ἀόρατος -> invisible

Karol

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This ancient&modern greek word is meaning more "unseen" or "invisible"? More like a candle covered with a tent or like God and angels?
Is that similar to ἀθέατος?
Thank you all in advance!
And Kαλά Χριστοῦγεννα to all Ἕλληνες!
« Last Edit: 25 Dec, 2009, 16:13:58 by spiros »


spiros

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Karol

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invisible.
Thank you Spiro!
Hmmm, so if only 'invisible', then I've a problem with the exact meanining of the St. Basil the Great IInd Homily "On the Hexaemeron", which says: "...Ἀόρατον οὖν τί ἐστι; Τὸ μὲν, ὃ μὴ πέφυκεν ὀφθαλμοῖς σαρκὸς καθορᾶσθαι, ὡς ὁ νοῦς ὁ ἡμέτερος· τὸ δὲ, ὃ τῇ φύσει ὁρατὸν ὑπάρχον, διὰ τὴν ἐπιπρόσθεσιν τοῦ ἐπικειμένου αὐτῷ σώματος ἀποκρύπτεται, ὡς ὁ ἐν τῷ βυθῷ σίδηρος....". Maybe we have here a double meanings/senses/uses of ἀόρατος? First "invisible" second "unseen"?
Filika


vbd.

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He's explaining that something can be invisible either by being imperceptible to our eyes, or by being hidden from our eyes. Invisible as in "not visible", "incapable of being seen"; whether because it's transparent or imperceptible to us or hidden (like that iron piece in the bottom of the ocean), it's all not visible. Unseen might work better in some cases. The problem lies in the different level of understanding of the world by him and his contemporaries as opposed to today's people -it boils down to physics, in other words, I think.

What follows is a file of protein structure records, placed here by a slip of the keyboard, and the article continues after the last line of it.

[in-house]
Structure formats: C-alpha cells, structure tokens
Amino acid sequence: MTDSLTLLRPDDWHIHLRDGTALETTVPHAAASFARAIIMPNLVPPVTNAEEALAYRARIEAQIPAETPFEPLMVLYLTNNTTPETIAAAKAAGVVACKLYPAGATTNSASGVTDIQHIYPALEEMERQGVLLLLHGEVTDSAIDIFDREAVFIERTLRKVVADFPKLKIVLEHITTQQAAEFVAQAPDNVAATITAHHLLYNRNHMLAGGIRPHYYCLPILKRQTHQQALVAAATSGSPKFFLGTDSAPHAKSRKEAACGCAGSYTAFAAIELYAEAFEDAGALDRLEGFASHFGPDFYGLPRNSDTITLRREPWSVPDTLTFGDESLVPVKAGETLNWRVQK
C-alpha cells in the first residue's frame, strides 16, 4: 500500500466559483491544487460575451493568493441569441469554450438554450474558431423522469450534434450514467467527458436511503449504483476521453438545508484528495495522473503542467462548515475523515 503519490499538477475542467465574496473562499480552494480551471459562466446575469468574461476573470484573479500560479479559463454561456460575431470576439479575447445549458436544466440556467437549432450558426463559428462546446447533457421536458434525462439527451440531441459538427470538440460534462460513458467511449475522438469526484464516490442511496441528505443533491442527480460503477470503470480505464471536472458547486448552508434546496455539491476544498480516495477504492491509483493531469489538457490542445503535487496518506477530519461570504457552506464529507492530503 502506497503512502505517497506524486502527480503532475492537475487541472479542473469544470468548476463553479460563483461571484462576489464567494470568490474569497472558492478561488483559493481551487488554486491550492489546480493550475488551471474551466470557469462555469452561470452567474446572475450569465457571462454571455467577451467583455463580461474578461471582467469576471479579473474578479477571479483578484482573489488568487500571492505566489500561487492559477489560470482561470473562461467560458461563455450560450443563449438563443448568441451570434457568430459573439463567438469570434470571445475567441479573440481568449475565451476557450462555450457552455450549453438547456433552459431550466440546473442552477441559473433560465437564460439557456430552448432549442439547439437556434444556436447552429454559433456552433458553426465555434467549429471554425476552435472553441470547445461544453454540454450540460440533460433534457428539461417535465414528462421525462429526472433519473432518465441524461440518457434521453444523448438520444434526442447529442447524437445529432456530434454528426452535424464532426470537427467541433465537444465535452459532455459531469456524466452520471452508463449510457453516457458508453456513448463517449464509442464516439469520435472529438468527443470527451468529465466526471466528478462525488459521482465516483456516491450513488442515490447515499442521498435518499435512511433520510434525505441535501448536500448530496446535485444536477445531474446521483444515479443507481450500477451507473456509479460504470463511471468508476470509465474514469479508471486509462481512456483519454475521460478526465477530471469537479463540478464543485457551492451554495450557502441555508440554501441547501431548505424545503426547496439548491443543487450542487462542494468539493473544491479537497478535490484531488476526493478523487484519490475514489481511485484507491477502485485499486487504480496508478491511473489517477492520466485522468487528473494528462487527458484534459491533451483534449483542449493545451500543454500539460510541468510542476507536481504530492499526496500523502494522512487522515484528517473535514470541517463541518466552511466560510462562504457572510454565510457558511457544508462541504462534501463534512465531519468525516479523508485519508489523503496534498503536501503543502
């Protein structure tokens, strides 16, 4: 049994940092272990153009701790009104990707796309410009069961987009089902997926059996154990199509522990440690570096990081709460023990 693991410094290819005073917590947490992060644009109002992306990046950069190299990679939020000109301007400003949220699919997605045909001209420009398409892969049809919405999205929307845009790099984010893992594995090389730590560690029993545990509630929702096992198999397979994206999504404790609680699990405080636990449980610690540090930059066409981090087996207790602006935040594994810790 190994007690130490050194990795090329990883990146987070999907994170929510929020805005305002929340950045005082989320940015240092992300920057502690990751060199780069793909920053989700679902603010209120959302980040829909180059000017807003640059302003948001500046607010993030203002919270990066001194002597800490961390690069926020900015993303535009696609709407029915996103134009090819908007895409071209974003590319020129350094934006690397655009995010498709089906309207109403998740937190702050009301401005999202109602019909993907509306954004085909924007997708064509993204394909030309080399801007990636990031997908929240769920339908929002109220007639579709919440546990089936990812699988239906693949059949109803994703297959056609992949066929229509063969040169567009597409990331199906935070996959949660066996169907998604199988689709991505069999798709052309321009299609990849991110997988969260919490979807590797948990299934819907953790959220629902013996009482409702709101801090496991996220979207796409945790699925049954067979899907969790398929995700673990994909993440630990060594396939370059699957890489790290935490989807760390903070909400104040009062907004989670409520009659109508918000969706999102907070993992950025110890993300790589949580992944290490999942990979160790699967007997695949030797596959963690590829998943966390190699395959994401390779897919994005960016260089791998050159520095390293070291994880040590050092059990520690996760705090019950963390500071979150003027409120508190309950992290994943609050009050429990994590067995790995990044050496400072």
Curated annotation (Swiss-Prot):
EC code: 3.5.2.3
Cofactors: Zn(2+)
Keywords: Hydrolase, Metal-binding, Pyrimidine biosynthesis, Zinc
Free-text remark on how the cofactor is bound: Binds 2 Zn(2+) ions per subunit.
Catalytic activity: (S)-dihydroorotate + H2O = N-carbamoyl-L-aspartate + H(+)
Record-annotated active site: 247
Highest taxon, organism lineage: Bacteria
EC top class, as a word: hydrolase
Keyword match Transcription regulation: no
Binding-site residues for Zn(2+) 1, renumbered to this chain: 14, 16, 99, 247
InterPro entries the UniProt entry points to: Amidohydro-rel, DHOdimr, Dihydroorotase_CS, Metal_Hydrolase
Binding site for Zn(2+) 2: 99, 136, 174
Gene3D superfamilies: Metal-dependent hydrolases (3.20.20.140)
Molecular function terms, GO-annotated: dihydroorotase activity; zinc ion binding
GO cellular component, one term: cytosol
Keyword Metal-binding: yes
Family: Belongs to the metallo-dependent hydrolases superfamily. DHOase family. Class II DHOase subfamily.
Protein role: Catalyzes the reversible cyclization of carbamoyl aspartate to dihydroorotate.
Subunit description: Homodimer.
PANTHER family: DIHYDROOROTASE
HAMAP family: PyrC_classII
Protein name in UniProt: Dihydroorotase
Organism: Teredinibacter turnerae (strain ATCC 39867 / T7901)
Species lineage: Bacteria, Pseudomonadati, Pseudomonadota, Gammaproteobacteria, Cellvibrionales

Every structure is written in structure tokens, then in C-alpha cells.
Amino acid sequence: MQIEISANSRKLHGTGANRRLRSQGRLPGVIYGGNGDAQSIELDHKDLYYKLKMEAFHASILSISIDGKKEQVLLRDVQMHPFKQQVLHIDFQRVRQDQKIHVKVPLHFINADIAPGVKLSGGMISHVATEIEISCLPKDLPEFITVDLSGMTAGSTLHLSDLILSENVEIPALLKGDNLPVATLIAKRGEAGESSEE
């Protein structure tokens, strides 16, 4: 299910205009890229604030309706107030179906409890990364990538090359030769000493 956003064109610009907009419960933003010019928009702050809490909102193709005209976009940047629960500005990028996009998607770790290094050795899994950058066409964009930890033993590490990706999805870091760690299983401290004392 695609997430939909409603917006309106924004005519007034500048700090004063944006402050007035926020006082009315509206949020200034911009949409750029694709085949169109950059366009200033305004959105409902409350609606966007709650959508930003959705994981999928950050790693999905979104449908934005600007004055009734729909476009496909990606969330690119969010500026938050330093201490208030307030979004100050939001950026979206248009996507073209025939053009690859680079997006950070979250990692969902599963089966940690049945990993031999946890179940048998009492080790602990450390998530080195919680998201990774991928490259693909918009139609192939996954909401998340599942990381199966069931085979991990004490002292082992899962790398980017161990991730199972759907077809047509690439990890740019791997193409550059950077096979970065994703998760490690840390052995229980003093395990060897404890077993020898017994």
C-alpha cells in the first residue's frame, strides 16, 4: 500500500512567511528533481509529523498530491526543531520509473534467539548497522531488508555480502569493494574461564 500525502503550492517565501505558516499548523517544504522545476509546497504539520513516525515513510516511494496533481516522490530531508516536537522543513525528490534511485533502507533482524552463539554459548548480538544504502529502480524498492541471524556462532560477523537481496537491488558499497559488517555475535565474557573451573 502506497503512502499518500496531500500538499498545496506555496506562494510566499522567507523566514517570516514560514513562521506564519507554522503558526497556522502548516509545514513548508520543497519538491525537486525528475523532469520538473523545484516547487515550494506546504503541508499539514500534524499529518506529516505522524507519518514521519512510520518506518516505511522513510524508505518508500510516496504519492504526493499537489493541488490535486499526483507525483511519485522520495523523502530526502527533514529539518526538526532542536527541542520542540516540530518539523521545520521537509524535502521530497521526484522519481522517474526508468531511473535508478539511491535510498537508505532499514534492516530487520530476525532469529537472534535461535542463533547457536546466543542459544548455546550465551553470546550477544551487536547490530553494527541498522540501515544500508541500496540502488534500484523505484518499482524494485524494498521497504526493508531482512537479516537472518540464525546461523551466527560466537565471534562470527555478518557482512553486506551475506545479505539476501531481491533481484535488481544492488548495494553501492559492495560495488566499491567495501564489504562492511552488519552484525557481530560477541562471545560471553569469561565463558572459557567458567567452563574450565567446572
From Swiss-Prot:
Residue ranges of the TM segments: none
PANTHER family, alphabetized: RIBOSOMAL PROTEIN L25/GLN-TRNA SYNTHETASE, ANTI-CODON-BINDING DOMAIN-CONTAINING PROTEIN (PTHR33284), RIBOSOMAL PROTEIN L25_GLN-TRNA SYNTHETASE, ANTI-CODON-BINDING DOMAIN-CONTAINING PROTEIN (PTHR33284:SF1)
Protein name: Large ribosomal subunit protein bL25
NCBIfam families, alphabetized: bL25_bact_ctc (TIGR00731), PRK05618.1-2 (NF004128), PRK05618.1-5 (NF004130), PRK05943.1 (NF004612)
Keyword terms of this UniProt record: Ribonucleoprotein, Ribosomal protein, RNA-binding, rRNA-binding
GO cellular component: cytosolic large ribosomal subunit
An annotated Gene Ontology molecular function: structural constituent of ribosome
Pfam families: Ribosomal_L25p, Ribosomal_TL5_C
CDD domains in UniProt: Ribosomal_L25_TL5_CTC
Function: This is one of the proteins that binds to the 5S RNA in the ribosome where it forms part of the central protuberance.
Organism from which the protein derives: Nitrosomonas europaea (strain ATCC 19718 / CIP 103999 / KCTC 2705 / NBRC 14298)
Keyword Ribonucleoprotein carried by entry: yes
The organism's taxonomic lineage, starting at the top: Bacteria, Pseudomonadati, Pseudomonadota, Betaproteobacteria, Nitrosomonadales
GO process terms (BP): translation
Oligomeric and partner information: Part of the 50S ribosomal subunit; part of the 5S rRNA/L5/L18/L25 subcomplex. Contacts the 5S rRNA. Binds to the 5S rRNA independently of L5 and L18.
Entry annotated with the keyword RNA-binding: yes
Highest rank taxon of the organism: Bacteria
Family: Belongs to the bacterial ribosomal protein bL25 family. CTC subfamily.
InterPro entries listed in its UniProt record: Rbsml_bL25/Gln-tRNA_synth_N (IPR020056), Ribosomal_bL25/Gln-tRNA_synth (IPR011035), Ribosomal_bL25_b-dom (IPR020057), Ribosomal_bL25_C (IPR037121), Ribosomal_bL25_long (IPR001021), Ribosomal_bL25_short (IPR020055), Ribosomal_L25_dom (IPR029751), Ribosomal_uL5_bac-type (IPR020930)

In modern Greek the meaning of the word is stricter and is the equivalent of the English "invisible".
At last, I have peace.



spiros

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Not much of a difference really ;)

Quick definitions (unseen)

▸ noun:  a belief that there is a realm controlled by a divine spirit
▸ adjective:  not seen or perceived ("Unseen natural resources")
▸ adjective:  not observed
http://www.onelook.com/?loc=bm2&w=unseen

Quick definitions (invisible)

▸ adjective:  impossible or nearly impossible to see; imperceptible by the eye ("The invisible man")
▸ adjective:  not prominent or readily noticeable ("The invisible man")
http://www.onelook.com/?loc=bm2&w=invisible


Karol

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Δόξα τῷ Θεῷ in Polish language we have more clear and different in sense words ("niewidzialny" - invisible and "niewidoczny" - unseen) to express τὸ ἀόρατον, so I'm intending to translate ἀόρατος in this fragment as "niewidzialny" with an explanation in footnote that here St. Basil the Great means "niewidoczny".
Eὐχαριστῶ


 

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